This chapter is devoted to judicial enforcement. Thus, the role of the Court of Justice of the European Union (CJEU) as the controller of the institutional balance in EU trade policy is analysed. Issues such as the jurisdiction of the CJEU in international trade and how international agreements in general, and the WTO agreement in particular, affect EU law, will be analysed. An example is the analysis of the famous Hermès International case, which intends to explain the interpretation by the CJEU of a particular mixed agreement. The role of the CJEU in international trade agreements is, inter alia, the monitoring of the vertical division of powers between the EU and its Member States, as well as the horizontal division of powers among the various EU institutions. The main focus of this chapter is to explain why the WTO and the various agreements which form an integral part of the Agreement establishing the WTO raise problems and are challenges for the CJEU.
This chapter describes how the protection and preservation of the natural environment, integrity of ecological systems, and the survival of species are positive conditions for peace and human security. Given the interdependent and complex nature of the global environment, no state alone can effectively protect it. Rather, global cooperative efforts to reach significant concessions on states’ sovereignty to exploit their natural resources are necessary in order to halt, reverse, and prevent environmental degradation. At the same time, environmental protection in order to be a foundation for peace should be aligned with eco-sensitive development needs as aptly expressed in the principle of sustainable development. This chapter gives an overview over the inter-linkages between environmental protection, sustainable development, and peace. It looks at the tools and means of international environmental law in this context and highlights the importance of multilateralism and global cooperation to address these issues. It further looks at the particular example of climate change and the multilateral efforts under the UN to establish a collaborative climate effort—based on global equity and sustainable development.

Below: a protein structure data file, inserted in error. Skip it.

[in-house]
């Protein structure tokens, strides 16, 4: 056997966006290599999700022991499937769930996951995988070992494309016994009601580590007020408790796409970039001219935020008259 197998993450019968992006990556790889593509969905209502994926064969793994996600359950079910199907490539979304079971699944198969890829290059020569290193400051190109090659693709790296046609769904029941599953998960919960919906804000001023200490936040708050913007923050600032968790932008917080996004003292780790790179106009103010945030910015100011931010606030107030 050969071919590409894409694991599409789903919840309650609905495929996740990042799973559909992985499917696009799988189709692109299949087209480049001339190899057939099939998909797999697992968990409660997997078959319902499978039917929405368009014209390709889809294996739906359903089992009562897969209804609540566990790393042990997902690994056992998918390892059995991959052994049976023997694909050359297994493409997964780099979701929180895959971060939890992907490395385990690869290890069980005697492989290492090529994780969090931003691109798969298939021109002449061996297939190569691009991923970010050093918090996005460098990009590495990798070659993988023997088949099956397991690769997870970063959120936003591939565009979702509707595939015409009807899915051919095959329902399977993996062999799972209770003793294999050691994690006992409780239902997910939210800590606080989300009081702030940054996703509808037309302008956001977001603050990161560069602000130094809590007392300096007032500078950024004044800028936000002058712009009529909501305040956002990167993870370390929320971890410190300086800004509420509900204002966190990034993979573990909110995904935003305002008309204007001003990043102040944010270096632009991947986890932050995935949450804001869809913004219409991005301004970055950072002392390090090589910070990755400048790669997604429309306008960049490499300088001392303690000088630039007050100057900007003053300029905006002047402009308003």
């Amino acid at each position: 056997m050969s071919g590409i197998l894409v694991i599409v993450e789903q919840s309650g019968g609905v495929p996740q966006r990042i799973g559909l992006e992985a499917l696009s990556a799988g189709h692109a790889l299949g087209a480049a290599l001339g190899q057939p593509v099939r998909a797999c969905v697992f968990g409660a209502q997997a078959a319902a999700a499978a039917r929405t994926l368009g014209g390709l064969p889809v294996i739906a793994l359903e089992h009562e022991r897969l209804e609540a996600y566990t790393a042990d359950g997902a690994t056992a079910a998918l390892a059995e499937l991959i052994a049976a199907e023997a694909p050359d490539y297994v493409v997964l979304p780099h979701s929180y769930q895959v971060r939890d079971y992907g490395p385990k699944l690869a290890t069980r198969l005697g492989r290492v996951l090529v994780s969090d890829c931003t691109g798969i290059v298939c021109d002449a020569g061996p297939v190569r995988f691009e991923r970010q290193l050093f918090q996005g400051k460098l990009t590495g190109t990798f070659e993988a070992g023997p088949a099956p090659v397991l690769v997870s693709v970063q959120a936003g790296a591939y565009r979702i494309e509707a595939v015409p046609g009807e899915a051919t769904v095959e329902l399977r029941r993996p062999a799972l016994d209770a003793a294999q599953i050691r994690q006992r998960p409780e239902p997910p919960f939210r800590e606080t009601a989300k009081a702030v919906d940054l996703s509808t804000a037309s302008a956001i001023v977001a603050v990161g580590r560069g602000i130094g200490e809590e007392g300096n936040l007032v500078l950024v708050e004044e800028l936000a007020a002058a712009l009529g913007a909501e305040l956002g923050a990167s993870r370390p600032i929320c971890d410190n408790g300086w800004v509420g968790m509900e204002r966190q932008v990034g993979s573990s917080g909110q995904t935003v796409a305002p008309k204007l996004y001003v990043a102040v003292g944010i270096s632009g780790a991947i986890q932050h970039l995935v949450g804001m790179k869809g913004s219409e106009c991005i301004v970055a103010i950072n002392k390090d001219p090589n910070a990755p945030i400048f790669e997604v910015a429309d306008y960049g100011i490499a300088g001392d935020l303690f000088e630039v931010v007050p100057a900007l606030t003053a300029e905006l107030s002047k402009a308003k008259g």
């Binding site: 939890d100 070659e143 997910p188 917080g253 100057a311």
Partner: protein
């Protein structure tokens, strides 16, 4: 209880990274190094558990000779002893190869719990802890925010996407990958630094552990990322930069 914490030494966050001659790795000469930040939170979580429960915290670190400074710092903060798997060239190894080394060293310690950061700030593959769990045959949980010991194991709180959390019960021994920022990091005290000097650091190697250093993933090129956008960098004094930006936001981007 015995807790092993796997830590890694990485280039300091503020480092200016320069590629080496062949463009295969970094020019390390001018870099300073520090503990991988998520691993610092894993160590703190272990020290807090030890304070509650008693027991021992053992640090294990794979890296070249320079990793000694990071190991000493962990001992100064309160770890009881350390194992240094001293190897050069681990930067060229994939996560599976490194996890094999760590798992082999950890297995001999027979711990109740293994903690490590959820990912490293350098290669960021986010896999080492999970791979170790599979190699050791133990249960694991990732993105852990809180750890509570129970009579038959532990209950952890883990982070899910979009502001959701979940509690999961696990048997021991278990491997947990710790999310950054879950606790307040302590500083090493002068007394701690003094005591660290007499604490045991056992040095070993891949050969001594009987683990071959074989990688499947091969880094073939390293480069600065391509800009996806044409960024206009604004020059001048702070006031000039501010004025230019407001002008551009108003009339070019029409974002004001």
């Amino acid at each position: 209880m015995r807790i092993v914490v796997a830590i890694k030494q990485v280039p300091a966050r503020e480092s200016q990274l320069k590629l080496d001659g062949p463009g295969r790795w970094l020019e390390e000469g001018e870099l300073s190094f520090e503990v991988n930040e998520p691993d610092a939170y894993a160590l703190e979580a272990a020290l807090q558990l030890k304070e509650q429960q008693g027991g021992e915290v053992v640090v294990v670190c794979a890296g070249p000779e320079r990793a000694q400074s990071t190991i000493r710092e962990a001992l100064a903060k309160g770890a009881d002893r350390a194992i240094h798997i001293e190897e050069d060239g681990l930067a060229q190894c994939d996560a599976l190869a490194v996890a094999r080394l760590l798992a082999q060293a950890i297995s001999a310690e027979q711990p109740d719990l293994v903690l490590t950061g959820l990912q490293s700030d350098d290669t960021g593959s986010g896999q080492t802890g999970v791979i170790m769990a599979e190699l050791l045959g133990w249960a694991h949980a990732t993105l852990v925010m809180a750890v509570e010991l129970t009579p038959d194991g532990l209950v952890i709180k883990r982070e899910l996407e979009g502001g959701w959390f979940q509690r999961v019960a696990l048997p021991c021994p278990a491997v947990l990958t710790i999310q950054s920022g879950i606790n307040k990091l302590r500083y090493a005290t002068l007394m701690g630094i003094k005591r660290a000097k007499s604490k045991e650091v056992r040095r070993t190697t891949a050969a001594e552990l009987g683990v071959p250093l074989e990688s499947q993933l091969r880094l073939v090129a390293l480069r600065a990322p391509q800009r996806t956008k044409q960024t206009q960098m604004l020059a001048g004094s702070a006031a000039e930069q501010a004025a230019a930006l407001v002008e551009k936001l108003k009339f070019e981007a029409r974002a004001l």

In the late 1990s, the EU devoted important efforts to encouraging other countries to launch a comprehensive WTO round. One of the reasons for the EU to favour a more comprehensive and broader agenda was that it believed there would be more opportunities for cross-cutting agreements among sectors. It would also facilitate progress in the negotiations themselves. However, the EU had neither the economic power nor the unity of purpose to replace the US as a leader in the world trading system. Thus, a degree of consensus was necessary between the US and the EU if a new WTO round was to be possible. The US and the EU have both become highly dependent on trade and they both had a shared interest in launching the new WTO Round at Doha.